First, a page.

Published: December 2007
Frans Lanting
Interview by Glynnis McPhee
You've photographed albatrosses numerous times over the past 25 years, why do you like them so much?

There is no other bird in the world that flies like an albatross. On the ground, they have a repertoire of courtship behaviors that is very interesting to observe. Most people don't think of birds as having an inner life, of being capable of having subtleties in their relationships, but when you spend time watching the albatross it is very clear there is more going on than people give them credit for. I haven't had a bad experience with one yet. They always put a smile on my face.

In your On Assignment image (above) you were able to get so close to albatrosses, weren't they afraid of you?

Albatrosses are not that afraid of humans because they spend most of their lives on the open ocean so they have no natural fear of people. But any encounter with a wild animal is different. It really comes down to an individual bird; one may be more amenable to me approaching it than another. I wouldn't just walk through a colony. I would stay along the edges and move slowly and quietly. I tried to blend in so to speak.

How difficult was it to get to the locations where you could photograph albatrosses?

The hardest thing about photographing albatrosses is getting to the places they live because they only come ashore on very remote and, for the most part, uninhabited islands. For this assignment I went to locations in Hawaii, the Falkland Islands, South Georgia Island, New Zealand, and the Galápagos Islands. It takes a lot of logistical planning and getting permissions from government authorities that control access to these islands. It's not as simple as booking a flight on a commercial airline. You're more at the whims of ships that can drop you off and pick you up. I tried to spend as much time as I could with the albatrosses but it's usually not as much as I would like.

Do you have a favorite photograph from the story?

There is one image taken in the Falkand Islands that I am particularly fond of. It shows one bird close up and another bird in flight in the background. I wanted to express the relationship between a bird on shore and one on the open ocean. I tried to capture this in other places but it never really worked out. This image was made with a wide-angle lens. It required a very deliberate, slow approach until I could be so close to the bird that I could create the right perspective. It took me the better part of two days before everything worked out. It's one of the more unusual images of albatrosses that I've made over the years.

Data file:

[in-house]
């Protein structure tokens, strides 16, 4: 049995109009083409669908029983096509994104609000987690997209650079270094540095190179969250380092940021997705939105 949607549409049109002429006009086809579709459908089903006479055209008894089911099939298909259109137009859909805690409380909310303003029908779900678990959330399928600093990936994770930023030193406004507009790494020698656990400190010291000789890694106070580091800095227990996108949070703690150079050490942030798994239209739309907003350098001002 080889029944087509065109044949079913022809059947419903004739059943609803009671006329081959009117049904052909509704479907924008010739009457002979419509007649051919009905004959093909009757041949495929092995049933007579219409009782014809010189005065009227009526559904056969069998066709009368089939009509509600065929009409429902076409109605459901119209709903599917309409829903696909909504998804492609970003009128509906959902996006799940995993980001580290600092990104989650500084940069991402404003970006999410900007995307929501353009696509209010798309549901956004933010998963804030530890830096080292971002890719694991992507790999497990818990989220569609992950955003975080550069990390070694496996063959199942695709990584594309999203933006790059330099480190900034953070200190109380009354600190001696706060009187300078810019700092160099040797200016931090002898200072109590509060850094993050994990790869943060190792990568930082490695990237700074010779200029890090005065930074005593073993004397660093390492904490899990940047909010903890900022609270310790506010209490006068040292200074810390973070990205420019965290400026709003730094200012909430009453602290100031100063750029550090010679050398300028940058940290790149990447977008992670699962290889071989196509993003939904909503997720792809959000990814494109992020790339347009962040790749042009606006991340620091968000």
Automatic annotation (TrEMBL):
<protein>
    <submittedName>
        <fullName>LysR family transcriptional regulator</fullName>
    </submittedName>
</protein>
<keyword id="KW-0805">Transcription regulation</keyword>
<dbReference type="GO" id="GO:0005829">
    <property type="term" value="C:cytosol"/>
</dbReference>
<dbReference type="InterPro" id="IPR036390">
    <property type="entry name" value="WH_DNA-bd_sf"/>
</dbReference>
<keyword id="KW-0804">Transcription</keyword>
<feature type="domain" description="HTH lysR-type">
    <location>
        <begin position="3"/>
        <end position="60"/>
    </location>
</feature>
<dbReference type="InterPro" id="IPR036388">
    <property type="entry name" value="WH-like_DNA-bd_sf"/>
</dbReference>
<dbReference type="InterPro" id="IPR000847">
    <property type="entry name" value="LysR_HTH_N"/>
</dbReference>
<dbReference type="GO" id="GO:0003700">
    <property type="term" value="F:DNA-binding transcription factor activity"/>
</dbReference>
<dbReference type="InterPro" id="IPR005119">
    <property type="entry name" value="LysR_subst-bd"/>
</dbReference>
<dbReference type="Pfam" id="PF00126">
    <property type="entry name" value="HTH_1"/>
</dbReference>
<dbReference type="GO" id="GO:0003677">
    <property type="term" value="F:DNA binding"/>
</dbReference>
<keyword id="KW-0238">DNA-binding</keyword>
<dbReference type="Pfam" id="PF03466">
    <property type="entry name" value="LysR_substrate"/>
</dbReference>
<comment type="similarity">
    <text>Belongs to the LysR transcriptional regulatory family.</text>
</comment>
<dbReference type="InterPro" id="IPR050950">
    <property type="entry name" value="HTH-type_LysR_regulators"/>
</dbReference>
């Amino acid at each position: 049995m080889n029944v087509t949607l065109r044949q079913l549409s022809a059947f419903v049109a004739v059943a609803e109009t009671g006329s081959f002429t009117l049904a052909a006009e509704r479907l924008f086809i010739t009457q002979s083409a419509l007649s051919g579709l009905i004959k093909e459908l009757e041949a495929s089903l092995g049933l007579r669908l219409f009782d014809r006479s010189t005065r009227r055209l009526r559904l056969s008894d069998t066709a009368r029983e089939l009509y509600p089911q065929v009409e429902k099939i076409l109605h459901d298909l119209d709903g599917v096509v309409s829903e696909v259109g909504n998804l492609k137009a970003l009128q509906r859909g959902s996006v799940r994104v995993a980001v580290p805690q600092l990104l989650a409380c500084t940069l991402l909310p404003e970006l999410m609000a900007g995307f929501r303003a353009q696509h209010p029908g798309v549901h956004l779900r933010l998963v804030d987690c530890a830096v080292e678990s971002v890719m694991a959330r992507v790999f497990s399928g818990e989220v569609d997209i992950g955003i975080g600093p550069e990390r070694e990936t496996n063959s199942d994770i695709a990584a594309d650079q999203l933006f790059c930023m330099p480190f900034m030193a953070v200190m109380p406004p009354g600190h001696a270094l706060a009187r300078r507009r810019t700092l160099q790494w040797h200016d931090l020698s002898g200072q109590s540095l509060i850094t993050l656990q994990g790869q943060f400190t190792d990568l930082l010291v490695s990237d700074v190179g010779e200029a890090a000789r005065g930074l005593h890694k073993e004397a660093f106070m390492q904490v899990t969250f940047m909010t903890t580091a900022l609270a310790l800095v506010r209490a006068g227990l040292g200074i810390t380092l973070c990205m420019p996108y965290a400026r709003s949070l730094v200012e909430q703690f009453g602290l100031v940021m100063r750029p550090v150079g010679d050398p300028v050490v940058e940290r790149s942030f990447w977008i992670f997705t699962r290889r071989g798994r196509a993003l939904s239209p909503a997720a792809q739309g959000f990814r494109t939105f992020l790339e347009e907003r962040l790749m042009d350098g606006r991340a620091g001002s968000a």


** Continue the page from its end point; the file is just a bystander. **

Was there anything you wanted to photograph but weren't able to capture?

Sure, there is always more. The more I understand about an animal the more ideas I get photographically and there are always more ideas than photographic opportunities. In the Southern Ocean the weather is often terrible—it rains, it hails, it's very gusty—you have to wait for these few opportunities when the subject, light, and behavior come together.

What would you like people to take away from this article about albatrosses?

This story not only highlights the problems facing albatrosses but also makes people aware of the solutions. It's about the birds but it's also about science and conservation. By putting satellite tags on the birds, ornithologists have gained interesting insights about where albatrosses go and how they conduct their lives on the open ocean. The birds have had a terrible time with the way we conduct fisheries on the open ocean. Hundreds of thousands of albatrosses die in longline fishing every year and most species are endangered. With the right political pressure and institutional changes we can solve that problem.